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Geary and Rosemary Huntsberger Ownership of the Former Broband\Yinger\Fetrow Family Farm

 

Geary Huntsberger and his wife Rosemary Huntsberger acquired the former Broband\Yinger\Fetrow family farm from Ralph Leicht and his wife Dorothy Romaine Leicht on May 22, 1951.  The size of the property was specified in the deed as 136 acres and 59 perches.  With this acquisition Geary Huntsberger became a neighboring property owner to his parents Cameron and Frances Huntsberger. 

 

Geary’s father Cameron Huntsberger had acquired the adjoining farm on the west side of Corn Hill Road in 1919 from Henry C. Fetrow as previously discussed in an earlier section of this family farm section of the web site.  Geary was born one year later in 1920 and died in 2002 based on his grave stone which is in the Fetrow family cemetery. 

 

Geary’s parents Cameron and Frances Huntsberger are also buried in the Fetrow family cemetery which is adjacent to the former Broband\Yinger\Fetrow family farm purchased by Geary and Rosemary Huntsberger in 1951.  According to their grave stones, Cameron was born in 1889 and died in 1965 and Frances was born in 1890 and died in 1984. 

 

At the present time (2008), Geary’s widow, Rosemary Huntsberger, still owns the former Broband\Yinger\Fetrow family farm in a family trust with her son Robert.  Prior to the death of her husband Geary in 2002 only a small part of the original 136 acre and 59 perch property they acquired in 1951 had been subdivided and sold.  According to the courthouse records in York, two parcels had been carved out of the original property and sold to others before 2000.

 

One of those parcels was sold in 1969 to Lon T. Cole by the Huntsbergers.  It was 9.099 acres more or less.  In 1974 that parcel was sold by Lon T. Cole and his wife to Peter C. Storie and his wife who are the present owners. 

 

Of great significance is the fact that situated on this property is a two and one-half story stone house which dates to 1832.  It was very likely built by John Fetrow Sr. and his wife Nancy (Yinger) Fetrow who lived in this house until their deaths in 1860 and 1875 respectively.  Prowell’s “History of York County” from 1907 alludes to this structure in the section discussing John Fetrow III the grandson of John Fetrow Sr. and Nancy (Yinger) Fetrow.  Following is an excerpt from that recitation which appears in an earlier section of the family farm section of the web site:

 

“JOHN FETROW (III) was born July 28, 1843, in Fairview Township, on the old homestead where he now resides and of which his grandfather was the original owner….

The barn that stands upon Mr. Fetrow’s farm in Fairview Township was erected in 1818 by his grandfather…”

 

I have been to visit the former Broband\Yinger\Fetrow family farm site on several occasions since discovering it in 2004.  I have taken numerous photographs on these visits.  Here are several photographs I took of these two important family farm structures which still stand today:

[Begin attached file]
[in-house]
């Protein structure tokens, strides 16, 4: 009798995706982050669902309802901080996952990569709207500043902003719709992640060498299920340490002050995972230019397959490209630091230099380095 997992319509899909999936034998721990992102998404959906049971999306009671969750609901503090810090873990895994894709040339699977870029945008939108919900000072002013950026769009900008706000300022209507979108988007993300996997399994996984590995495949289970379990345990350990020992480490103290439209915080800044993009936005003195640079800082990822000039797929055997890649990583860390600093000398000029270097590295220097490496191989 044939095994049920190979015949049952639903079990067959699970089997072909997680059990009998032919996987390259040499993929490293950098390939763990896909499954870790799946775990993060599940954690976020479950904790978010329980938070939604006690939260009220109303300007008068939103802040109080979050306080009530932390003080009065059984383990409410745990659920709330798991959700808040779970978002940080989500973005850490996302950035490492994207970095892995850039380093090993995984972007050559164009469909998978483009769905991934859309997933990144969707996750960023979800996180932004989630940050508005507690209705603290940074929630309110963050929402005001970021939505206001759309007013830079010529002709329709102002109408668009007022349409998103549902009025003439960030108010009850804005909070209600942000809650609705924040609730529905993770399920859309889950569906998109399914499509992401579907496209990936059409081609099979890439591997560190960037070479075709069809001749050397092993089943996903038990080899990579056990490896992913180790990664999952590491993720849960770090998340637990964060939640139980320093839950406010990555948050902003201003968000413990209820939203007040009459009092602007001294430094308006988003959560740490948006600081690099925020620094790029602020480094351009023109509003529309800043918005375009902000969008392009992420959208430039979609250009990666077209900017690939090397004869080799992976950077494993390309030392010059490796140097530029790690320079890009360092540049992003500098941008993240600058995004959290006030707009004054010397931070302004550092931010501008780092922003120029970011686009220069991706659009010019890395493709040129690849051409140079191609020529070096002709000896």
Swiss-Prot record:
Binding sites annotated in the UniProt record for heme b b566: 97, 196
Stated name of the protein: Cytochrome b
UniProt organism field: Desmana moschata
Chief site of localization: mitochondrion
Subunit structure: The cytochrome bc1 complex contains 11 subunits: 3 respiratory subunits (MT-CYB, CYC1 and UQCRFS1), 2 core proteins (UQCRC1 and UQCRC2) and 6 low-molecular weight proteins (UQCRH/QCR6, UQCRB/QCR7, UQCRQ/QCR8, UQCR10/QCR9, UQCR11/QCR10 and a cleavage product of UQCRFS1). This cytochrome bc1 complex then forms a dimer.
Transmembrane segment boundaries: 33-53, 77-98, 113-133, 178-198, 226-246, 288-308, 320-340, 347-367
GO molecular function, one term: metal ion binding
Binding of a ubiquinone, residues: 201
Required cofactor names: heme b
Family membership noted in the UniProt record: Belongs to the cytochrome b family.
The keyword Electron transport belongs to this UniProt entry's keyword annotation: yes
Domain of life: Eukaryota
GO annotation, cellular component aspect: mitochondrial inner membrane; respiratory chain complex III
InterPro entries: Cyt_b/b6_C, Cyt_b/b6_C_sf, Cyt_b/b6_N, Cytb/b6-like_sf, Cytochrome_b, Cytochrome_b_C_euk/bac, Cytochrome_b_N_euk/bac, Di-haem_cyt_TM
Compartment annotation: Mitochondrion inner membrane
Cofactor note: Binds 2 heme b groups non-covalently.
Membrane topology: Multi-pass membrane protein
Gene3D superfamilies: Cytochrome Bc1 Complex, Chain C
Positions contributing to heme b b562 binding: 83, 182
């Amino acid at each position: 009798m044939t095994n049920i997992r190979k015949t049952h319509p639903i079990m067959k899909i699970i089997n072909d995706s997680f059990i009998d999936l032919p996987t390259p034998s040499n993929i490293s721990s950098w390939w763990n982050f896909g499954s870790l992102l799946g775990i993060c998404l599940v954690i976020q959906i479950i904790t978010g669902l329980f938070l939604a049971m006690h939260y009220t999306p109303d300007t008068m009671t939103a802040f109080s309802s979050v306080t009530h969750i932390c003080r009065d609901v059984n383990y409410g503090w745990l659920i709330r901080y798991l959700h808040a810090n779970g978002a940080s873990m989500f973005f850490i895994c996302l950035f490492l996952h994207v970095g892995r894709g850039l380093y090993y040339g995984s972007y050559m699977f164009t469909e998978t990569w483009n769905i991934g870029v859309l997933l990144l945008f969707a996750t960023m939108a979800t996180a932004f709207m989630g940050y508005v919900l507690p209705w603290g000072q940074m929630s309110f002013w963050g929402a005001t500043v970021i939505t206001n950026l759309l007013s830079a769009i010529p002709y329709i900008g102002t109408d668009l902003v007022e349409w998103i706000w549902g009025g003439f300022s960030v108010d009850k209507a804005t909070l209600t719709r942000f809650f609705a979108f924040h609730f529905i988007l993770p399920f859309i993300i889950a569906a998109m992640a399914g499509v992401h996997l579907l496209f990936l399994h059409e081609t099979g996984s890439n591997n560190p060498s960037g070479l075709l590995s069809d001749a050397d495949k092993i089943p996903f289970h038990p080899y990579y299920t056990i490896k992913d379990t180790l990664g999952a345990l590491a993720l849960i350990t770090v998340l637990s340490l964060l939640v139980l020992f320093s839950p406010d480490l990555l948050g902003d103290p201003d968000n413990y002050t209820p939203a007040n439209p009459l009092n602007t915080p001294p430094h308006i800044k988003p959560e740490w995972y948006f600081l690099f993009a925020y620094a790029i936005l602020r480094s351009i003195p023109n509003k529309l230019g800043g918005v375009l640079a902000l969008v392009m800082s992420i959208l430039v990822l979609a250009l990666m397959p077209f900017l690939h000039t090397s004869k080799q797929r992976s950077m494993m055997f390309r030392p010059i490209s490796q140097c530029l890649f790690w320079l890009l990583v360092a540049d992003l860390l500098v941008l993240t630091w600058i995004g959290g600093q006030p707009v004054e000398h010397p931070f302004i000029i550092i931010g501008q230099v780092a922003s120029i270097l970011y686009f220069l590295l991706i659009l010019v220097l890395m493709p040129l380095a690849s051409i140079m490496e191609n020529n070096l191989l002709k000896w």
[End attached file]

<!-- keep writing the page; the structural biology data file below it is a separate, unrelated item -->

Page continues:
The house John Fetrow Sr. and Nancy (Yinger) Fetrow built in 1832 and the barn they built in 1818.

 

 

 

John Fetrow Sr. and Nancy (Yinger) Fetrow 1832 home on the former Broband\Yinger\Fetrow family farm property (taken in 2004).

 

These two structures front on Fisher road as it dissects the former Broband\Yinger\Fetrow family farm from east to west.  The township border between Fairview Township to the north and Newberry Township to the south follows Fisher road through the old family farm.  The house is on the north side of the road in Fairview Township and the barn is on the south side of the road in Newberry Township.

 

Anthony Yinger and Magdelena (Broband) Yinger were my 5 times great grandparents.  Anthony died in 1829 and Magdelena died in 1846.  Anthony was the middle son of the patriarch immigrant ancestor Johann Paul Jünger.  Their estate files are presented in transcript form in another section of this web site.  John Fetrow Sr. was the trusted friend and neighbor of Anthony Yinger to the extent that he was named by Anthony to be the executor of his estate. 

 

Anthony and Magdelena were adjacent property owners and, therefore, next door neighbors to their nephew and niece John Fetrow Sr. and Nancy (Yinger) Fetrow.   Since the Fetrow barn was built in 1818 and Anthony didn’t die until 1829, I am sure he must have been very familiar with that structure and probably entered it from time to time with his neighbor, nephew and trusted friend, John Fetrow Sr.  Since Magdelena did not die until 1846 she probably was a regular visitor in the 1832 home.

 

To summarize the occupants of this historical home, it began with John Fetrow Sr. and Nancy (Yinger) Fetrow in 1832 when it was built by them according to a slightly legible cornerstone on the home.  Here is a photograph of that cornerstone:

 

 

They occupied it at least until John’s death in 1860 and probably until Nancy died in 1875.  Their only child and son John Fetrow Jr. and his wife Lydia (Brubaker) Fetrow may have occupied it for some period of time thereafter, or they may have lived on the other family farm on Corn Hill Road which was later purchased from the estate of one of their sons, Henry C. Fetrow by Cameron Huntsberger in 1919. 

 

Prowell’s “History of York County” written in 1907 stated that John Fetrow III was “on the old homestead where he now resides and of which his grandfather was the original owner.”  He and his wife Sarah (Prowell) Fetrow were married in about 1866-1867.  It is not possible to tell for sure based on census records or the 1876 atlas of Newberry and Fairview Townships whether John Fetrow Jr. and his wife Lydia or John Fetrow III and his wife Sarah lived in the old homestead of John Fetrow Sr. and Nancy (Yinger) Fetrow in 1876: